Republican presidential primary candidate Jon Huntsman said it's time his party adopt a more progressive stance on a number of issues at the University of Chicago Thursday evening.
At the event, organized by the university’s Institute of Politics, the former Utah governor and U.S. ambassador to China under the Obama administration took questions from journalist and Fox News contributor Juan Williams as well as the audience. In his answers, Huntsman described himself as a solid Republican, but was strongly critical of the direction his party has taken, adding that its doubtful that the GOP will find electoral success in future elections if they do not change.
“The minute we start to divorce fact and science from our public policy debate, we are adrift,” Huntsman said. “If Republicans are going to succeed long-term, we have to be the party of reality.”
Huntsman argued that Republicans should not cater ideologically to the party’s base as it did in the 2012 primary. He criticized the series of debates in the Republican primary as pushing the candidates into increasingly rightward stances on issues.
“At the debates there was a relatively shallow level of discussion. The format doesn’t lend itself to a wide-ranging discussion of issues, which our nation needs now more than ever,” Huntsman said. “What do you try to do when you’re on a presidential debate stage? You try to whip up the audience into a frenzy; and every time you declare war, you get an applause line.”
He said this encouraged the 2012 candidates to recast themselves as more conservative than they ever really were.
“On the debate stage, people tend to try to recreate themselves and their past and I can’t do that, and that’s probably a mistake in today’s political world,” Huntsman said.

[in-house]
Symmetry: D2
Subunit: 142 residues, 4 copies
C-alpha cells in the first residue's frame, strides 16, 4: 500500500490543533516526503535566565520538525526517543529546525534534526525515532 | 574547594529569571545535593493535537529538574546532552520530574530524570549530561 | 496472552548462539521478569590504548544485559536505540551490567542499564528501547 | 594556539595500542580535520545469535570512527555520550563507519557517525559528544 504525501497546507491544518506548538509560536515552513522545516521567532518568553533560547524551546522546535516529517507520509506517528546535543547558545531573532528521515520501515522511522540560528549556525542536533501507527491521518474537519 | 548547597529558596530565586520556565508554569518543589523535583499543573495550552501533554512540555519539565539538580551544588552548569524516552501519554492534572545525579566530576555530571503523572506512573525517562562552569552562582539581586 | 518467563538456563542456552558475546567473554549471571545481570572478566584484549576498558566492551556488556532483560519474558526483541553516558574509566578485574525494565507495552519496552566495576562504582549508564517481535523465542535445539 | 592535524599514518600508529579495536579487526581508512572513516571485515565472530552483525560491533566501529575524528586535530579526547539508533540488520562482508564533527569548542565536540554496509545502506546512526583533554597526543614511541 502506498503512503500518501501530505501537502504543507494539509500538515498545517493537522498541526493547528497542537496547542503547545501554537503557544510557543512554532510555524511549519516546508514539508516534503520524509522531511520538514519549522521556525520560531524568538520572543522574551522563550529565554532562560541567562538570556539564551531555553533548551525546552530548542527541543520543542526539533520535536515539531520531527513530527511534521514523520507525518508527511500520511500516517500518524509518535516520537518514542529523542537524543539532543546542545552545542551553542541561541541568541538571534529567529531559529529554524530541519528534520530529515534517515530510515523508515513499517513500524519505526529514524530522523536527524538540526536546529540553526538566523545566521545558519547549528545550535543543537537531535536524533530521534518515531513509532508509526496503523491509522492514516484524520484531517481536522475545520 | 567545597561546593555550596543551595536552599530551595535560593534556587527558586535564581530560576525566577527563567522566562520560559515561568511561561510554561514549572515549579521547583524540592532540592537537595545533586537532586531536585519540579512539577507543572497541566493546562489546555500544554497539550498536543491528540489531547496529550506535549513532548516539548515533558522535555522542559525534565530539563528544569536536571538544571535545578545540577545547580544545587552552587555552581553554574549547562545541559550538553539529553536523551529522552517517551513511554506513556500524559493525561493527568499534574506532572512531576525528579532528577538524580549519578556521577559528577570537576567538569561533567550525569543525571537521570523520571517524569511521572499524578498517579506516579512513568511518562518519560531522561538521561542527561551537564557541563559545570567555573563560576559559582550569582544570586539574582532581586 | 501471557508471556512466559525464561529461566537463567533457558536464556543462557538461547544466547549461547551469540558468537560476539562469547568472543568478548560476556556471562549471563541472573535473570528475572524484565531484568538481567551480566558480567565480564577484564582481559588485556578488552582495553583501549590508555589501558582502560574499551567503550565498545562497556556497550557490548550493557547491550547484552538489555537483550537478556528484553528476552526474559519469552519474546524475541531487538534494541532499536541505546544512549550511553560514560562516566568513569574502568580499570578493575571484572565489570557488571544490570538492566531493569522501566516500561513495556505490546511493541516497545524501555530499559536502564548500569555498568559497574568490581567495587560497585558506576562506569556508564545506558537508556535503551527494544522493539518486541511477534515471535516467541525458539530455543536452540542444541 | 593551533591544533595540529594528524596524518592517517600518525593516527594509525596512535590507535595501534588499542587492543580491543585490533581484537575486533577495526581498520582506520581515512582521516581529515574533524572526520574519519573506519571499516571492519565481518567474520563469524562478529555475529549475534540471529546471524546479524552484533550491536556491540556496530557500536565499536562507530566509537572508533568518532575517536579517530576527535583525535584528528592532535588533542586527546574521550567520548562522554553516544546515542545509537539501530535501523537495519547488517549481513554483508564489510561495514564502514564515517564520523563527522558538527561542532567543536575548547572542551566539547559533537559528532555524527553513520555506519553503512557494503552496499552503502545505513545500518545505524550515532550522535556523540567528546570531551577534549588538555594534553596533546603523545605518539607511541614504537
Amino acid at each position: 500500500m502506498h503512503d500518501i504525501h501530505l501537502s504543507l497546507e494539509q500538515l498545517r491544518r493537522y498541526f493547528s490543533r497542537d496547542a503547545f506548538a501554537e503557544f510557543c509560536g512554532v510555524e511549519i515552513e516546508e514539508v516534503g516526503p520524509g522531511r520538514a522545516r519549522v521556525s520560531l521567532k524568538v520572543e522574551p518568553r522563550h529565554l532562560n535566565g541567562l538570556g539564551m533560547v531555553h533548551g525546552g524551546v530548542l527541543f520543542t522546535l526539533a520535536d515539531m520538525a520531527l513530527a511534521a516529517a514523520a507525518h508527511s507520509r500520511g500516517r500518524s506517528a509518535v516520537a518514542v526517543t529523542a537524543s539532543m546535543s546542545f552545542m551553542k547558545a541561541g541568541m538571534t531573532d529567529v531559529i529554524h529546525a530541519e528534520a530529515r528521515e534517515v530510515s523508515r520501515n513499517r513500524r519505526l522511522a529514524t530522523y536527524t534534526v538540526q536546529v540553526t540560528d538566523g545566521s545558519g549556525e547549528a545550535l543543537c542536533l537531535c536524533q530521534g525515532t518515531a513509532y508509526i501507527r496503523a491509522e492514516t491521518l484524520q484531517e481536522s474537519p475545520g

Instead of hyping up a particular part of the party's base, Huntsman said Republican leaders should challenge the base to accept more progressive positions on issues such as supporting gay marriage, acknowledging man-made climate change and the theory of evolution, and conducting a more diplomacy-driven foreign policy.
He asserted that a more progressive stance would in fact be more in line with the Republican Party of the past, praising the conservation initiatives of Theodore Roosevelt, Eisenhower’s construction of the interstate highway system, and Reagan’s willingness to sit down and talk to leaders from countries with which the U.S. was at odds. He acknowledged, though, that conservatives’ consideration of switching positions on these and other issues in the aftermath of Mitt Romney’s defeat by President Barack Obama remains highly divisive within the Republican Party.
“It’s a bit like Yugoslavia after the Cold War. Do we need a Dayton Accords to pull people together? We may,” Huntsman said.
After Williams noted that a recent Pew Poll showed public favorability toward Republicans at only 33 percent and self-identified Republicans at only 22 percent, both historic lows, Huntsman agreed that the party especially needs to change its outreach to minority groups and young voters.
“With party politics, it is about the math. If you lose key demographics, you are not going ... to win elections,” Huntsman said.